One of these big-name coaches is going to work out for Texas Tech, dang it. It seems inevitable that if you continually pull the crank on the high-roller slot machine, eventually it’ll turn up all 7s.
From Bob Knight to Pat Knight to Billy Gillispie to, if the reports are true, Tubby Smith, the Red Raiders keep looking to use their basketball coaching hires to make a splash. Easier said than done out on the plains of West Texas, but according to the Associated Press, Texas Tech and Smith have come to terms on an agreement to make Smith the fourth Red Raider basketball coach in the last four years.
Every Texas Tech basketball hire since James Dickey (1991-2001) has been a recognizable name with at least one unmissable blemish on his resume.
Bob Knight won three national championships at Indiana, but ended up at Texas Tech because the Hoosiers eventually had it up to here with his bullying behavior and ran him off. That he got the Red Raiders to the NCAA tournament four times in seven years was a strong enough argument for the school to hand over the program to his son, Pat, who had been an assistant under his father. But the Texas Tech job was Pat’s first head coaching gig, so there was no telling exactly what the program was going to look like under him. As it turned out, Pat could never quite get the same level of talent to Lubbock as his father had. His most successful season was 2009-10, when the Red Raiders went 19-16 overall, 4-12 in Big 12 play and lost in the quarterfinals of the NIT.
Replacing Knight with Gillispie was a theoretically great move. The rap on Gillispie was that he’s a great coach whose biggest flaw was failing to live up to the enormous expectations placed on him at Kentucky.
But here comes the irony. Gillispie replaced Tubby Smith at Kentucky, because Smith (who won 76 percent of his games, including a national championship for the Wildcats) was thought to have gone stale after 10 seasons. So now Smith comes in to clean up Gillispie’s mess – and what a mess it is.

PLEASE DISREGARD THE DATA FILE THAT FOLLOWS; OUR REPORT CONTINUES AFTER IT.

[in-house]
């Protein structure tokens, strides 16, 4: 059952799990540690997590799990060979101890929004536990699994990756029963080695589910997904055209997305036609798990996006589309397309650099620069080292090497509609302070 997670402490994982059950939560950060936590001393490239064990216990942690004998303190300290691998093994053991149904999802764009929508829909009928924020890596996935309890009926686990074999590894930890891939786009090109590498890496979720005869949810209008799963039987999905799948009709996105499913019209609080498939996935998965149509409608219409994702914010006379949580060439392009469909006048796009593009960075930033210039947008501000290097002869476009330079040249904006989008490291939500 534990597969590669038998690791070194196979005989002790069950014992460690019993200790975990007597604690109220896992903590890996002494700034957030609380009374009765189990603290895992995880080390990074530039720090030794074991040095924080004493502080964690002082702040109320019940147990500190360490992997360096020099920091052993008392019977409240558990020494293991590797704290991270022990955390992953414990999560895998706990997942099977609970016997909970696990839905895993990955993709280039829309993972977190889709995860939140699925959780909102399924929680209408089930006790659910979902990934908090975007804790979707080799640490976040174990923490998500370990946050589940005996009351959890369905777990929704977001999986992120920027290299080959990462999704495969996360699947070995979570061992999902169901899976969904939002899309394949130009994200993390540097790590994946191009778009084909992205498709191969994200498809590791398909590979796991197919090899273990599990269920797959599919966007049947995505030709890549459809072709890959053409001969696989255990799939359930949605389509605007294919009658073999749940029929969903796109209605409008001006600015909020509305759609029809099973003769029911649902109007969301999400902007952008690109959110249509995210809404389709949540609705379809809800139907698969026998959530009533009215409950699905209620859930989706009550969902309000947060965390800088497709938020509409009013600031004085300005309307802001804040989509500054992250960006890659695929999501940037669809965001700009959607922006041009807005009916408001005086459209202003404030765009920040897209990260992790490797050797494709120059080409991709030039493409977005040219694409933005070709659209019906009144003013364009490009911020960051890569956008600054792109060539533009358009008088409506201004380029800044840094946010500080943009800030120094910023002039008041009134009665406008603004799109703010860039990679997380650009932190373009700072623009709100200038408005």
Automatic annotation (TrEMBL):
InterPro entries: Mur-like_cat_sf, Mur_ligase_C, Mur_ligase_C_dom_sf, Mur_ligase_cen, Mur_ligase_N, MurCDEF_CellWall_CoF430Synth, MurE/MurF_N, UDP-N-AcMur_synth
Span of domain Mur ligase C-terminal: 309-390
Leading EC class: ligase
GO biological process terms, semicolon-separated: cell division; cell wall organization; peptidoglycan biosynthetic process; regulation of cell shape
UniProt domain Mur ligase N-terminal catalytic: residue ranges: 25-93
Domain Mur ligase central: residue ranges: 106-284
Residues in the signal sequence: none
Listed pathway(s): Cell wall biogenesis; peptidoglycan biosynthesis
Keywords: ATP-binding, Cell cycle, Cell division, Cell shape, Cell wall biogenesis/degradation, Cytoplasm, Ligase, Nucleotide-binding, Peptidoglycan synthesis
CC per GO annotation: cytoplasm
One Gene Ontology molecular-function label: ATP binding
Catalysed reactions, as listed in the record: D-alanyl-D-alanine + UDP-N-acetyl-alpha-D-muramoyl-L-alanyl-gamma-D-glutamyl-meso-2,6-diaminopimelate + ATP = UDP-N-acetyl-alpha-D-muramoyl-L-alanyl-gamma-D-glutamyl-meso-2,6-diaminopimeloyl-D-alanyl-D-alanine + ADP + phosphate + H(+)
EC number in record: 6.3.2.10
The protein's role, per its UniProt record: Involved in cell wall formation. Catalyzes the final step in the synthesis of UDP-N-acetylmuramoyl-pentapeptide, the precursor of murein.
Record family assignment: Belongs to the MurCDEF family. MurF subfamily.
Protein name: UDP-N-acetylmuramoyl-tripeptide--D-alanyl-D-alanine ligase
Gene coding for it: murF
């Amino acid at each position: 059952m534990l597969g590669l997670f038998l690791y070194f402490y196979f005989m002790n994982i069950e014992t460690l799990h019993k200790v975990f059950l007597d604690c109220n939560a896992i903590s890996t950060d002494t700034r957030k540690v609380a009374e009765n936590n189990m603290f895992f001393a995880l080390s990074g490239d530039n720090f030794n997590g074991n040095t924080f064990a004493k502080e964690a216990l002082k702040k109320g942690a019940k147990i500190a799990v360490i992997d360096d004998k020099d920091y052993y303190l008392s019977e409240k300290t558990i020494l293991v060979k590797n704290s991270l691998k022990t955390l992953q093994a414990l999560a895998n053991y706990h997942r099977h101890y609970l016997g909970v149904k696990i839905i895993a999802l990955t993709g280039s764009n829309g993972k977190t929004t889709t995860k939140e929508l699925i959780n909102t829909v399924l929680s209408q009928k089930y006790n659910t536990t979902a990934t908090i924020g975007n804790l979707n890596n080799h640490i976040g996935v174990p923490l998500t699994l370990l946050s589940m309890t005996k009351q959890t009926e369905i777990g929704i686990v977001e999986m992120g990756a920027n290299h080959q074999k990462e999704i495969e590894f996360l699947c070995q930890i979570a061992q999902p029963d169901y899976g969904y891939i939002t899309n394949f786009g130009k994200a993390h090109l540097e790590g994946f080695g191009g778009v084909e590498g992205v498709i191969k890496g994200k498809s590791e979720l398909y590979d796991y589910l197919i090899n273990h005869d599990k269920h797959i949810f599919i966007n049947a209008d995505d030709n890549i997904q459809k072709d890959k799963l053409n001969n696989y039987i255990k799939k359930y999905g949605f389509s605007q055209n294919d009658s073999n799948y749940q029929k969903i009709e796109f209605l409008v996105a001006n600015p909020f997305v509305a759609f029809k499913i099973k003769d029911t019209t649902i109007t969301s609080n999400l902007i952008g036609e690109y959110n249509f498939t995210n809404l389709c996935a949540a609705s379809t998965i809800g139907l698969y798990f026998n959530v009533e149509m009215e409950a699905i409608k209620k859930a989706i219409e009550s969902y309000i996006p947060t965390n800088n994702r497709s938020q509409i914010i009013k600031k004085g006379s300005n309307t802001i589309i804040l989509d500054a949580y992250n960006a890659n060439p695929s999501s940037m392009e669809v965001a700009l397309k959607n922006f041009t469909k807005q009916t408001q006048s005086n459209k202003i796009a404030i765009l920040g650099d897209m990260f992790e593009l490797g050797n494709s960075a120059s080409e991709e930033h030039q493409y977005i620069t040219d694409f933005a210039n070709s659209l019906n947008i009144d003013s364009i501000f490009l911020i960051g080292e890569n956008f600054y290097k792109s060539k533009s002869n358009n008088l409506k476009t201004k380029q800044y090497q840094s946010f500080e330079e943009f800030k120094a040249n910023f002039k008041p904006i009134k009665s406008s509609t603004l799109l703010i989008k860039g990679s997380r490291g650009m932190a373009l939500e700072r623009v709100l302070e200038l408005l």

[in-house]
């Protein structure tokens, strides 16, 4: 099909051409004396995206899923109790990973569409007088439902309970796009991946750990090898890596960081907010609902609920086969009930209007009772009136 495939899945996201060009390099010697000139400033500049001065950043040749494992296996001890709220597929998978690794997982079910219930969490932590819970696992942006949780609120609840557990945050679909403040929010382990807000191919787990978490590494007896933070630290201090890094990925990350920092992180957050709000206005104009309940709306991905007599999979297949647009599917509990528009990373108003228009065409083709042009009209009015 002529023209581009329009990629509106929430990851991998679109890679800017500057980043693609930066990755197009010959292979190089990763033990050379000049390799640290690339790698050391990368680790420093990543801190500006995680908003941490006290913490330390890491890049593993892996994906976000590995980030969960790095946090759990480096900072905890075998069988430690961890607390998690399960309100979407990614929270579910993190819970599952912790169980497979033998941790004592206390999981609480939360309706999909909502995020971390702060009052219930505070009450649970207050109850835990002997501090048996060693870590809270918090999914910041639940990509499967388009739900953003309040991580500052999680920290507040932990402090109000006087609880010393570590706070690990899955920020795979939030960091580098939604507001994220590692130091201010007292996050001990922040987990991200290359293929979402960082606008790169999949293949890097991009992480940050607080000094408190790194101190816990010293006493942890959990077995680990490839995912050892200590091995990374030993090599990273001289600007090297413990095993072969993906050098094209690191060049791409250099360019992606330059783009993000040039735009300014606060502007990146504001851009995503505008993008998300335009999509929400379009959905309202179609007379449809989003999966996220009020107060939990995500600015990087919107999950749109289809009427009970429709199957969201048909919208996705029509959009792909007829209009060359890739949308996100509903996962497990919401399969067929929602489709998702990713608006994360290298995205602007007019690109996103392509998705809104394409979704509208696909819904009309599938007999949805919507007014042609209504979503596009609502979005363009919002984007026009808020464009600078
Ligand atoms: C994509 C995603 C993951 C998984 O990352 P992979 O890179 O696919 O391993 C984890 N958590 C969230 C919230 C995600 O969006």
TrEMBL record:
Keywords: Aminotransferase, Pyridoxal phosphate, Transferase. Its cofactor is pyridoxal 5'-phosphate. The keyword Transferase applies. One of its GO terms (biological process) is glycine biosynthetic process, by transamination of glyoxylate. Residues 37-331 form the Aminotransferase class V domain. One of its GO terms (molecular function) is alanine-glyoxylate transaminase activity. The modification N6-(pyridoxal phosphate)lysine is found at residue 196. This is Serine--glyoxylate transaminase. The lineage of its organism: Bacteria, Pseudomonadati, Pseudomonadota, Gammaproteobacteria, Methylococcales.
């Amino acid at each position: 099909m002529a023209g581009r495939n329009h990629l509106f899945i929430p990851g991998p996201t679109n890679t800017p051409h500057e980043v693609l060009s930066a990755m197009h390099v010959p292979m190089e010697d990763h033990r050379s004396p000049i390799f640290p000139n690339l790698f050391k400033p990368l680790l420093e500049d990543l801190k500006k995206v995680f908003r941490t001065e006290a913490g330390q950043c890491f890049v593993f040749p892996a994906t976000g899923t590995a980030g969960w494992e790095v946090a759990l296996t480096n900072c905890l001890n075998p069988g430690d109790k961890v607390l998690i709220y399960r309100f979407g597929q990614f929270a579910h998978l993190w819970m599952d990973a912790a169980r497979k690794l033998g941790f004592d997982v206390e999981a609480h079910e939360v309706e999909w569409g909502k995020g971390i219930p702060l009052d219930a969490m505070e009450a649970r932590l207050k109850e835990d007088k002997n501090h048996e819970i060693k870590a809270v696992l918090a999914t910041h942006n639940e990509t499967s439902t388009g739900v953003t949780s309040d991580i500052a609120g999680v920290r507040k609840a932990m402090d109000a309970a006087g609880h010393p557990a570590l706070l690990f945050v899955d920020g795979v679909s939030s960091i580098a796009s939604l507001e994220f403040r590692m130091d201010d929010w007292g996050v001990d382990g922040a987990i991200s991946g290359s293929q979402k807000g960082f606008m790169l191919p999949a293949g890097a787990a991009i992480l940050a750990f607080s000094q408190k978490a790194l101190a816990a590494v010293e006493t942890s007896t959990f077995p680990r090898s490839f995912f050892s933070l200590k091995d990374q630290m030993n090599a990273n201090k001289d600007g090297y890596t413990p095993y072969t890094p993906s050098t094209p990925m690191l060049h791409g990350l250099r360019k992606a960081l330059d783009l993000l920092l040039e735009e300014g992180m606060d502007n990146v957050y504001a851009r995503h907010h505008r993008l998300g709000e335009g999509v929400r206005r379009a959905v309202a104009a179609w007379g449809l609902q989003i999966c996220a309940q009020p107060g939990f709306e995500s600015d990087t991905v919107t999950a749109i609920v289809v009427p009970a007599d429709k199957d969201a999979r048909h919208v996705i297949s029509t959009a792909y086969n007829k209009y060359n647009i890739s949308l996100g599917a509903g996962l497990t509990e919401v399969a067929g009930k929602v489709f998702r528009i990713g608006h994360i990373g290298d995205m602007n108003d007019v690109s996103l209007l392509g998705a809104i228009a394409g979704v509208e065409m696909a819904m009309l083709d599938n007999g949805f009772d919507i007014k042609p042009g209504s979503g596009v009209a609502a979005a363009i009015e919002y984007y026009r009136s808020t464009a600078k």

The days of Smith being considered some kind of messiah are over, but if what you’re after is a stabilizing force you can do a lot worse. The Texas Tech job is Smith’s fifth head-coaching gig, and his fourth in a major conference. He has won 69.3 percent of his games as a head coach and been at least as far as the second round of the NCAA tournament at every coaching stop (Tulsa, Georgia, Kentucky and Minnesota).
And Texas Tech needs nothing more than stability at this point. This is a basketball program for which matching the talent of in-state conference rivals Texas and Baylor will be difficult enough. Their proximity to both Houston and the Metroplex give them an advantage in recruiting that doesn’t rely on the coach’s reputation or the school’s branding.
But the older Knight proved it was possible to get good enough players to Lubbock that you could compete on a night-to-night basis in the Big 12, which is rarely the most talented of the major conferences anyway. Knight finished with winning conference records in four of his six full seasons.
Knight, of course, largely relied on his name to accomplish that. While “Tubby Smith” doesn’t impose the same level of gravity on a living room as “Bobby Knight,” Smith still has a national championship ring he can shine up real good for the occasion, and if nothing else a prospective player ought to be able to feel pretty secure that Smith isn’t going anywhere. Smith, who was recently fired by Minnesota, hasn’t left a job of his own volition since 1997 and has stayed at least four years in every job except the Georgia one.
Smith’s career has developed a familiar pattern. He wins just enough to keep fans vaguely satiated without ever really making them happy. In retrospect, even that national title at Kentucky looks like it belongs partially to Rick Pitino, who left some treats in the cupboard when he left for the NBA.
The point is, there’s a reason Smith landed at Texas Tech and not UCLA. He’s a safe hire, not a sexy one.
That wasn’t the case with Gillispie or either of the Knights. Those hires weren’t safe, and only one of them worked out. For whatever reason Texas Tech seems to prefer to hire coaches with names everybody recognizes and for the Red Raiders that has meant taking some big swings.
Smith is a big name without representing a big swing. Maybe this is the middle ground Texas Tech has needed all along.